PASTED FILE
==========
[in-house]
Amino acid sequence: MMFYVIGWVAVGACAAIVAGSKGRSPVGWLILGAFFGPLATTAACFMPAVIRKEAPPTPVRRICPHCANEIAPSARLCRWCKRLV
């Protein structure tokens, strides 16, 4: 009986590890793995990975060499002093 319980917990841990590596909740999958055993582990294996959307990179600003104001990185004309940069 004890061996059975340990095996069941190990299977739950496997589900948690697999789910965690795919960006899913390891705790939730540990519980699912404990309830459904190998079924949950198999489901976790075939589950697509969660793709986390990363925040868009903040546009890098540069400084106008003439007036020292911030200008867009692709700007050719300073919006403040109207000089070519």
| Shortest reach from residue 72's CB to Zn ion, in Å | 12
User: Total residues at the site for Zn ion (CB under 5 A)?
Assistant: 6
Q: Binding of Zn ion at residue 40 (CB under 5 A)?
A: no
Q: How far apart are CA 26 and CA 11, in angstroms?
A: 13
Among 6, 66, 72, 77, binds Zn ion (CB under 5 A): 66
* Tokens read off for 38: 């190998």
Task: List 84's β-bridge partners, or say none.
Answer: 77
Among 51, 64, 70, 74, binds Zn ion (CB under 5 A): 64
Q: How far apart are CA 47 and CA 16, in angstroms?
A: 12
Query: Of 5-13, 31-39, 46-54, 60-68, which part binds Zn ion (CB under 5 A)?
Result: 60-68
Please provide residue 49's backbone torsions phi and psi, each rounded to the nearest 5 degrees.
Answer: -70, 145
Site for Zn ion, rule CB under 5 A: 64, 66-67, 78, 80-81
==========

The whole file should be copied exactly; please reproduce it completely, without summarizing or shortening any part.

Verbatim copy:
[in-house]
Amino acid sequence: MMFYVIGWVAVGACAAIVAGSKGRSPVGWLILGAFFGPLATTAACFMPAVIRKEAPPTPVRRICPHCANEIAPSARLCRWCKRLV
């Protein structure tokens, strides 16, 4: 009986590890793995990975060499002093 319980917990841990590596909740999958055993582990294996959307990179600003104001990185004309940069 004890061996059975340990095996069941190990299977739950496997589900948690697999789910965690795919960006899913390891705790939730540990519980699912404990309830459904190998079924949950198999489901976790075939589950697509969660793709986390990363925040868009903040546009890098540069400084106008003439007036020292911030200008867009692709700007050719300073919006403040109207000089070519």
| Shortest reach from residue 72's CB to Zn ion, in Å | 12
User: Total residues at the site for Zn ion (CB under 5 A)?
Assistant: 6
Q: Binding of Zn ion at residue 40 (CB under 5 A)?
A: no
Q: How far apart are CA 26 and CA 11, in angstroms?
A: 13
Among 6, 66, 72, 77, binds Zn ion (CB under 5 A): 66
* Tokens read off for 38: 């190998």
Task: List 84's β-bridge partners, or say none.
Answer: 77
Among 51, 64, 70, 74, binds Zn ion (CB under 5 A): 64
Q: How far apart are CA 47 and CA 16, in angstroms?
A: 12
Query: Of 5-13, 31-39, 46-54, 60-68, which part binds Zn ion (CB under 5 A)?
Result: 60-68
Please provide residue 49's backbone torsions phi and psi, each rounded to the nearest 5 degrees.
Answer: -70, 145
Site for Zn ion, rule CB under 5 A: 64, 66-67, 78, 80-81